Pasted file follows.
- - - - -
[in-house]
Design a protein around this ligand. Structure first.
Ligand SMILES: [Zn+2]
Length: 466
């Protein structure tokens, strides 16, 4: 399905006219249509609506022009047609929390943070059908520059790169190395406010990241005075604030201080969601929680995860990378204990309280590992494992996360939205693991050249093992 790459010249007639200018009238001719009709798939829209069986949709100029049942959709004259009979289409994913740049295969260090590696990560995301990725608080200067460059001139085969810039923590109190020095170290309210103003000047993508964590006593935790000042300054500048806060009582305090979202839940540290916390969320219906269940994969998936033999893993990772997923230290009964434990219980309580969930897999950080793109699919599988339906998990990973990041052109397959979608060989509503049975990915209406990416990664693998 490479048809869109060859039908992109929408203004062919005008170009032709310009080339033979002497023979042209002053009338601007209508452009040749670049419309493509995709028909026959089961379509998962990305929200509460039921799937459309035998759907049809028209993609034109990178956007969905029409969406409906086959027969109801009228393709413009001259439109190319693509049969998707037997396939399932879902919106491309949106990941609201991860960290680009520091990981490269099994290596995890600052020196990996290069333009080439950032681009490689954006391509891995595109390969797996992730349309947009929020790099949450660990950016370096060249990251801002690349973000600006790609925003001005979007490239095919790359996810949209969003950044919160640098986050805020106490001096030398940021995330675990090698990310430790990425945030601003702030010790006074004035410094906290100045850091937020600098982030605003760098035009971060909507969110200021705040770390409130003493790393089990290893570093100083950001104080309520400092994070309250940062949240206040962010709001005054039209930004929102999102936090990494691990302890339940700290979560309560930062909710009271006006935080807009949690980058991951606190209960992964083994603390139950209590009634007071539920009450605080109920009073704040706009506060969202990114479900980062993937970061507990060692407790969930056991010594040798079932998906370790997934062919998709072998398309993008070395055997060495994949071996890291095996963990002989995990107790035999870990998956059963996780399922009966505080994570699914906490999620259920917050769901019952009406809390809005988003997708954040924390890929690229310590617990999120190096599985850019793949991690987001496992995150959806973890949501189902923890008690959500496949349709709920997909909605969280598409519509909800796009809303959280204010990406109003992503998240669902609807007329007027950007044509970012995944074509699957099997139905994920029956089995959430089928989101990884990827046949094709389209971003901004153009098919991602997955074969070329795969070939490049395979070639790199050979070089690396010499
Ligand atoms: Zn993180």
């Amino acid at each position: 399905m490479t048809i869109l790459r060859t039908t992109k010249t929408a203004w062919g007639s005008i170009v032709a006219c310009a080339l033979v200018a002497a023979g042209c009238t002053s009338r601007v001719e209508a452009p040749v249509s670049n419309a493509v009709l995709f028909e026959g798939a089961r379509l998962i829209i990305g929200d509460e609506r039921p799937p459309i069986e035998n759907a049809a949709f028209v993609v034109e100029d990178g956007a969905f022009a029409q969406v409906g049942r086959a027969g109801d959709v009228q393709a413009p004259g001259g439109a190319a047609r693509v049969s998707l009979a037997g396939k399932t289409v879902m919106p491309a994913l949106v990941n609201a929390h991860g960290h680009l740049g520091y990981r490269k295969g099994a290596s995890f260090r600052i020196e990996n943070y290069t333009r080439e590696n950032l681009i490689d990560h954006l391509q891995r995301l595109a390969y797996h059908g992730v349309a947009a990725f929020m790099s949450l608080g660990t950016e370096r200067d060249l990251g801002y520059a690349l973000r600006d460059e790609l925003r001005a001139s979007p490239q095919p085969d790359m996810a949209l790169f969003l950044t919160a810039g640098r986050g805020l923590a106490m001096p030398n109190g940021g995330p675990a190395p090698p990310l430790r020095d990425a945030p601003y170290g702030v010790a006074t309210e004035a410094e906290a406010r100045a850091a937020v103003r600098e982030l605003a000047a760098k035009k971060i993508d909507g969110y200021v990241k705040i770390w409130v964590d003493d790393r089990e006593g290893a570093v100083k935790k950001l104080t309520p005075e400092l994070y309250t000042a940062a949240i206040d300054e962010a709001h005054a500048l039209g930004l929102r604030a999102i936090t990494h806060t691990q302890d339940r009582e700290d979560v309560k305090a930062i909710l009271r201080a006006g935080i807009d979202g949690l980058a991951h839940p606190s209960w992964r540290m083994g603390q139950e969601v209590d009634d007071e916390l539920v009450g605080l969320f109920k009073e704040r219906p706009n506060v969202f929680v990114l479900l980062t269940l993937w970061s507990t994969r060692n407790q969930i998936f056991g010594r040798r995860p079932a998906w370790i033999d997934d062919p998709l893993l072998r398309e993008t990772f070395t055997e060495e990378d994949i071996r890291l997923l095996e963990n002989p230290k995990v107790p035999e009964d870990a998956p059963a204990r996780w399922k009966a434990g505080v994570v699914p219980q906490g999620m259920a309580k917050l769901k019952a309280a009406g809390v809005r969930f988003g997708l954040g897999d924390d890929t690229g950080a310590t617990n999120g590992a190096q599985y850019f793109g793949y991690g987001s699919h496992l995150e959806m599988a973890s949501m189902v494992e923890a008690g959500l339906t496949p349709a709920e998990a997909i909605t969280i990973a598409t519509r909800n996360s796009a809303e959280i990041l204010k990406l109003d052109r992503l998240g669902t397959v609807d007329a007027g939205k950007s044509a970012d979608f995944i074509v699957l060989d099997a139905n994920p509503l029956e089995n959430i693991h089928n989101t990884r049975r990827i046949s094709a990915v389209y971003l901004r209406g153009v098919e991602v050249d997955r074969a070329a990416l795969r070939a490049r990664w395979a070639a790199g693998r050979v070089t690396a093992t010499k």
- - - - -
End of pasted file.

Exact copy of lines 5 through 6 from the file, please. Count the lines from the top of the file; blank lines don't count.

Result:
């Protein structure tokens, strides 16, 4: 399905006219249509609506022009047609929390943070059908520059790169190395406010990241005075604030201080969601929680995860990378204990309280590992494992996360939205693991050249093992 790459010249007639200018009238001719009709798939829209069986949709100029049942959709004259009979289409994913740049295969260090590696990560995301990725608080200067460059001139085969810039923590109190020095170290309210103003000047993508964590006593935790000042300054500048806060009582305090979202839940540290916390969320219906269940994969998936033999893993990772997923230290009964434990219980309580969930897999950080793109699919599988339906998990990973990041052109397959979608060989509503049975990915209406990416990664693998 490479048809869109060859039908992109929408203004062919005008170009032709310009080339033979002497023979042209002053009338601007209508452009040749670049419309493509995709028909026959089961379509998962990305929200509460039921799937459309035998759907049809028209993609034109990178956007969905029409969406409906086959027969109801009228393709413009001259439109190319693509049969998707037997396939399932879902919106491309949106990941609201991860960290680009520091990981490269099994290596995890600052020196990996290069333009080439950032681009490689954006391509891995595109390969797996992730349309947009929020790099949450660990950016370096060249990251801002690349973000600006790609925003001005979007490239095919790359996810949209969003950044919160640098986050805020106490001096030398940021995330675990090698990310430790990425945030601003702030010790006074004035410094906290100045850091937020600098982030605003760098035009971060909507969110200021705040770390409130003493790393089990290893570093100083950001104080309520400092994070309250940062949240206040962010709001005054039209930004929102999102936090990494691990302890339940700290979560309560930062909710009271006006935080807009949690980058991951606190209960992964083994603390139950209590009634007071539920009450605080109920009073704040706009506060969202990114479900980062993937970061507990060692407790969930056991010594040798079932998906370790997934062919998709072998398309993008070395055997060495994949071996890291095996963990002989995990107790035999870990998956059963996780399922009966505080994570699914906490999620259920917050769901019952009406809390809005988003997708954040924390890929690229310590617990999120190096599985850019793949991690987001496992995150959806973890949501189902923890008690959500496949349709709920997909909605969280598409519509909800796009809303959280204010990406109003992503998240669902609807007329007027950007044509970012995944074509699957099997139905994920029956089995959430089928989101990884990827046949094709389209971003901004153009098919991602997955074969070329795969070939490049395979070639790199050979070089690396010499
Ligand atoms: Zn993180």